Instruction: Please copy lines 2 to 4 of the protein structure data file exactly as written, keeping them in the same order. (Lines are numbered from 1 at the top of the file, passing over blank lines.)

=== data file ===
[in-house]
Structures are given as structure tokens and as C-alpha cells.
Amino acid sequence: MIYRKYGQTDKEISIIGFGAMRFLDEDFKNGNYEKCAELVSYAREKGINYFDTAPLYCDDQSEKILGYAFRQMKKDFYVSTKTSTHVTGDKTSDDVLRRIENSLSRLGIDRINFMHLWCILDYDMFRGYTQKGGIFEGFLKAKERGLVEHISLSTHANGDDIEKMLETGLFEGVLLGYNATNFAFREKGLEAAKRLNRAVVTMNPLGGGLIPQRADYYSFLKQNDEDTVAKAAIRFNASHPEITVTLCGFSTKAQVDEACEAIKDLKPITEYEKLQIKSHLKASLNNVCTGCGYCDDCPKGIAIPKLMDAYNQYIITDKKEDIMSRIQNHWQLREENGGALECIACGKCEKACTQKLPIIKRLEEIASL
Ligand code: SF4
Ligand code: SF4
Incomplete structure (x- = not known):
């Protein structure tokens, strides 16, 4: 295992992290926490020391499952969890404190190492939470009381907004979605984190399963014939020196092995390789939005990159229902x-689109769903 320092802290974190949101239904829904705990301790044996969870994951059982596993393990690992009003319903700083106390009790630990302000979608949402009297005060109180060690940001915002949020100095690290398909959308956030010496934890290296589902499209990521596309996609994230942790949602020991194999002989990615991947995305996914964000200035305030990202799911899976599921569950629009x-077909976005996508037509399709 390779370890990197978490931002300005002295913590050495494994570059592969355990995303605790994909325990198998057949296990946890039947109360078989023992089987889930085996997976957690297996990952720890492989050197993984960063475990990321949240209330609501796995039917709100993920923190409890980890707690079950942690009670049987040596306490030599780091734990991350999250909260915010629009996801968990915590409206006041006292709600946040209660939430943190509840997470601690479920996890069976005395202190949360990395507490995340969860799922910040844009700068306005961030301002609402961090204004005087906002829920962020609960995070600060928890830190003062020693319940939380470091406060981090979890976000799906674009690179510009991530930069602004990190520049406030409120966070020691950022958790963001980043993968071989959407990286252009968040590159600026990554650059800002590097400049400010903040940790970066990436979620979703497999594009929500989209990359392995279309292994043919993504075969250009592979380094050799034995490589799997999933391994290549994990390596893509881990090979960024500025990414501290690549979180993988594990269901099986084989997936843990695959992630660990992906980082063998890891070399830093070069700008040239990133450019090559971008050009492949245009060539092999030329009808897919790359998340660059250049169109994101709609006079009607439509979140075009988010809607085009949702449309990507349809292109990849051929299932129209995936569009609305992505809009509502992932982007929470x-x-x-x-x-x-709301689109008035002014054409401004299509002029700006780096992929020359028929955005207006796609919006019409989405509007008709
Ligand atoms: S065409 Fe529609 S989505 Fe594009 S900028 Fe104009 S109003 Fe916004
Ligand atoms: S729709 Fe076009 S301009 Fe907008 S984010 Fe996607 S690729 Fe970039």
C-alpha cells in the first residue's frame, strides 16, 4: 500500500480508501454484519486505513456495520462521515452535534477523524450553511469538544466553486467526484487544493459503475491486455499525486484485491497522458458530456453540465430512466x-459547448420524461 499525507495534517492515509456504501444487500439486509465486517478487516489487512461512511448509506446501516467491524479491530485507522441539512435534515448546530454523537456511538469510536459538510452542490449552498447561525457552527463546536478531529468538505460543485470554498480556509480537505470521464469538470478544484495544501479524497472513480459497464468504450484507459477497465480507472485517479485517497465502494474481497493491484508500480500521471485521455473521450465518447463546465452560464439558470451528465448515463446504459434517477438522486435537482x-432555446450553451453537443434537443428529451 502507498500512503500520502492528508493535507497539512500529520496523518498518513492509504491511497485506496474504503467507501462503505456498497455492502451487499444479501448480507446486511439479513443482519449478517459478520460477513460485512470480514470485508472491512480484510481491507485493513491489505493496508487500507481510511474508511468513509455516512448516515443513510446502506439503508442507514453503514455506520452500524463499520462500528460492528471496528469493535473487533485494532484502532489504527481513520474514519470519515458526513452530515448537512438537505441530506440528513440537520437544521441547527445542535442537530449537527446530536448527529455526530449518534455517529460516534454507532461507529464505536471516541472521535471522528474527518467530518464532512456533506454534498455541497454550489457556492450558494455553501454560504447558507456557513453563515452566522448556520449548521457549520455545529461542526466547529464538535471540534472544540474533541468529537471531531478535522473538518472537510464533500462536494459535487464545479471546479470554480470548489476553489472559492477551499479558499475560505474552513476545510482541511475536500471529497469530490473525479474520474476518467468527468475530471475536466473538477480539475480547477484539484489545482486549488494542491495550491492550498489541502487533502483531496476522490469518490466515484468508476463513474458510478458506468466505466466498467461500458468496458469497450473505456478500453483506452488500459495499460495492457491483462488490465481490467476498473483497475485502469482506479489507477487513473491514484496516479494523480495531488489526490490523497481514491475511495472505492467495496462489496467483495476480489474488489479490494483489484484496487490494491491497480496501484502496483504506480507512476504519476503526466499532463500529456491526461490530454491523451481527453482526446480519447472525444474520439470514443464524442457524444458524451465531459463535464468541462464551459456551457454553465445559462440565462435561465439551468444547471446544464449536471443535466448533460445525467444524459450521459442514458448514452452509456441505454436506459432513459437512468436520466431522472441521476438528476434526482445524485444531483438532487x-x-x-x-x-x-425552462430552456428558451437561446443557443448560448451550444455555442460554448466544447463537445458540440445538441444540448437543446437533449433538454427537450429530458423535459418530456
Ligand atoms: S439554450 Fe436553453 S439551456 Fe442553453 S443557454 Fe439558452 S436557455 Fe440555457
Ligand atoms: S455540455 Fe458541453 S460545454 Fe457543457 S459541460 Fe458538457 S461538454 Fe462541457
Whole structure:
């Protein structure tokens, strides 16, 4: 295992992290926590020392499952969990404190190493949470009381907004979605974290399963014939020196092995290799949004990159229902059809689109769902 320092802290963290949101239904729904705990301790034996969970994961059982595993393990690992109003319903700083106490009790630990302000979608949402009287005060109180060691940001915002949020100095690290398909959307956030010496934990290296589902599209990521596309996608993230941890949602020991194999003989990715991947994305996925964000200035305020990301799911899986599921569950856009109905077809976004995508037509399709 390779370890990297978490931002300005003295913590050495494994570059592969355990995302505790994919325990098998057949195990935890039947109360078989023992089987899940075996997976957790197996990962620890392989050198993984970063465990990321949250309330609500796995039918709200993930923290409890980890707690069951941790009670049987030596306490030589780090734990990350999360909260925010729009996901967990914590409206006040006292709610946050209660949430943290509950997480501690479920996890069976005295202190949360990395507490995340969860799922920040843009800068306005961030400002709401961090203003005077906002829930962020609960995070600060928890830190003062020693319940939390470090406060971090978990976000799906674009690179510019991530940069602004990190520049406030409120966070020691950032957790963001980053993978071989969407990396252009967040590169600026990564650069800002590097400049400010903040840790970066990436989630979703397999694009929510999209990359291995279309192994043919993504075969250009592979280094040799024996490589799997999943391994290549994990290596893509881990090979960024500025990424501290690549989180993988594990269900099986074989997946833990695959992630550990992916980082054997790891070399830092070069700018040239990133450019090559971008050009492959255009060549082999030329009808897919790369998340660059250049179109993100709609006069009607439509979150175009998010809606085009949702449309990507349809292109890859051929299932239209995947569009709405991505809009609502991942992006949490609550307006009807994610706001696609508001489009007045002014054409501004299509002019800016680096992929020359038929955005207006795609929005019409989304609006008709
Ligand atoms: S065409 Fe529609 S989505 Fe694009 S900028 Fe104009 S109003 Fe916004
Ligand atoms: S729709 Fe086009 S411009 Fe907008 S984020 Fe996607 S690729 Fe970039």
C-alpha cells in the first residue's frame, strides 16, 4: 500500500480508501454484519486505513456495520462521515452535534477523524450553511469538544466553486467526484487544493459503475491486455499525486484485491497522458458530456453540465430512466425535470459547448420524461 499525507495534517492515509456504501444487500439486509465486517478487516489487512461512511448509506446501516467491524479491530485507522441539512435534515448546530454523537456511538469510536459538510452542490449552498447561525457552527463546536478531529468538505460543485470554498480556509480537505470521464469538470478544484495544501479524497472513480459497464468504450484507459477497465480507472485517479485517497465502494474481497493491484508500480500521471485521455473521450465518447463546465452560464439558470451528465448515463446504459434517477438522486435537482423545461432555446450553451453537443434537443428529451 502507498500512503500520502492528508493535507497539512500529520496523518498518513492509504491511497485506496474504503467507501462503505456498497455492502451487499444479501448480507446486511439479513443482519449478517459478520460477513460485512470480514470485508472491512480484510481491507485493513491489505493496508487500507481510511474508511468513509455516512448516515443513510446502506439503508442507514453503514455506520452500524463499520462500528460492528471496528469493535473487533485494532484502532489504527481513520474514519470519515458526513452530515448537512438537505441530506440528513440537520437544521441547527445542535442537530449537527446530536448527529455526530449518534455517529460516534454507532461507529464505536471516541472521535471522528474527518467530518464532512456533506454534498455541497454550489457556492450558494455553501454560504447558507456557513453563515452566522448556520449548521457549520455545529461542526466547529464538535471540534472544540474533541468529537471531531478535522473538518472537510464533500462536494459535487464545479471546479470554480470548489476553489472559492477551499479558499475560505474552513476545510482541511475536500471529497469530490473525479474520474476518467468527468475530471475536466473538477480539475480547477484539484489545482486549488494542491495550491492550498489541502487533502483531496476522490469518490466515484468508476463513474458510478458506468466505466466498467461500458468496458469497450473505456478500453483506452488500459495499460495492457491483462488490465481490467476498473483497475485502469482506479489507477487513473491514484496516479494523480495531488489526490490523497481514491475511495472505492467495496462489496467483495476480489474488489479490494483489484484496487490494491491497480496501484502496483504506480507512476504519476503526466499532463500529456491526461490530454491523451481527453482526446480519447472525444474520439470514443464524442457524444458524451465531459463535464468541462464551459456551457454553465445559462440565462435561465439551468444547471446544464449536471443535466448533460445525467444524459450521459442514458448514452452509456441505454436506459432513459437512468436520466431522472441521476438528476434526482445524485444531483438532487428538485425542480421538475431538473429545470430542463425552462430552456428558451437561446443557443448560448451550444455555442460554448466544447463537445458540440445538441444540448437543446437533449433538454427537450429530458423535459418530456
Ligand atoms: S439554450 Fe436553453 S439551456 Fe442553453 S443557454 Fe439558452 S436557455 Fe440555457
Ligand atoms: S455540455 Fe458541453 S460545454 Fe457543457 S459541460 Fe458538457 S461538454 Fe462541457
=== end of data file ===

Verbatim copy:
Structures are given as structure tokens and as C-alpha cells.
Amino acid sequence: MIYRKYGQTDKEISIIGFGAMRFLDEDFKNGNYEKCAELVSYAREKGINYFDTAPLYCDDQSEKILGYAFRQMKKDFYVSTKTSTHVTGDKTSDDVLRRIENSLSRLGIDRINFMHLWCILDYDMFRGYTQKGGIFEGFLKAKERGLVEHISLSTHANGDDIEKMLETGLFEGVLLGYNATNFAFREKGLEAAKRLNRAVVTMNPLGGGLIPQRADYYSFLKQNDEDTVAKAAIRFNASHPEITVTLCGFSTKAQVDEACEAIKDLKPITEYEKLQIKSHLKASLNNVCTGCGYCDDCPKGIAIPKLMDAYNQYIITDKKEDIMSRIQNHWQLREENGGALECIACGKCEKACTQKLPIIKRLEEIASL
Ligand code: SF4